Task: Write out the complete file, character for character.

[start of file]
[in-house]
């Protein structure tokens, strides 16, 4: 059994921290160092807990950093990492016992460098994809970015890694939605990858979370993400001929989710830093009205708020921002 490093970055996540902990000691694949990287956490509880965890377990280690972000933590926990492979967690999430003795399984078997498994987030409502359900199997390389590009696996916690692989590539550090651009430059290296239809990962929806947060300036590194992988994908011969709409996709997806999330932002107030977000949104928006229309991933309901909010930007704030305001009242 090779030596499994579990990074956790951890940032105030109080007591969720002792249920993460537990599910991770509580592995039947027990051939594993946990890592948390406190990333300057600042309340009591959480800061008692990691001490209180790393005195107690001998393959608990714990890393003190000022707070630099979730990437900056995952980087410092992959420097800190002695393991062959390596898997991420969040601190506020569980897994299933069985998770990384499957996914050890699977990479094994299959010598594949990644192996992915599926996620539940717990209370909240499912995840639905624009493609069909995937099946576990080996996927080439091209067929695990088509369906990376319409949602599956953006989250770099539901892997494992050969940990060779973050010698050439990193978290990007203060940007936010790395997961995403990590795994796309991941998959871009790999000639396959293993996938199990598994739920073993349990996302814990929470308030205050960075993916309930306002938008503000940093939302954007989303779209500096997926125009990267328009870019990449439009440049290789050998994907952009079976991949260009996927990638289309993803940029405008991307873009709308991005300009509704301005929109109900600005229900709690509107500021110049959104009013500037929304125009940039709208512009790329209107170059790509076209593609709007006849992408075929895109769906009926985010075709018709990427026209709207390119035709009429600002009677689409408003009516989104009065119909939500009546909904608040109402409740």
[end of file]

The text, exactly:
[in-house]
């Protein structure tokens, strides 16, 4: 059994921290160092807990950093990492016992460098994809970015890694939605990858979370993400001929989710830093009205708020921002 490093970055996540902990000691694949990287956490509880965890377990280690972000933590926990492979967690999430003795399984078997498994987030409502359900199997390389590009696996916690692989590539550090651009430059290296239809990962929806947060300036590194992988994908011969709409996709997806999330932002107030977000949104928006229309991933309901909010930007704030305001009242 090779030596499994579990990074956790951890940032105030109080007591969720002792249920993460537990599910991770509580592995039947027990051939594993946990890592948390406190990333300057600042309340009591959480800061008692990691001490209180790393005195107690001998393959608990714990890393003190000022707070630099979730990437900056995952980087410092992959420097800190002695393991062959390596898997991420969040601190506020569980897994299933069985998770990384499957996914050890699977990479094994299959010598594949990644192996992915599926996620539940717990209370909240499912995840639905624009493609069909995937099946576990080996996927080439091209067929695990088509369906990376319409949602599956953006989250770099539901892997494992050969940990060779973050010698050439990193978290990007203060940007936010790395997961995403990590795994796309991941998959871009790999000639396959293993996938199990598994739920073993349990996302814990929470308030205050960075993916309930306002938008503000940093939302954007989303779209500096997926125009990267328009870019990449439009440049290789050998994907952009079976991949260009996927990638289309993803940029405008991307873009709308991005300009509704301005929109109900600005229900709690509107500021110049959104009013500037929304125009940039709208512009790329209107170059790509076209593609709007006849992408075929895109769906009926985010075709018709990427026209709207390119035709009429600002009677689409408003009516989104009065119909939500009546909904608040109402409740």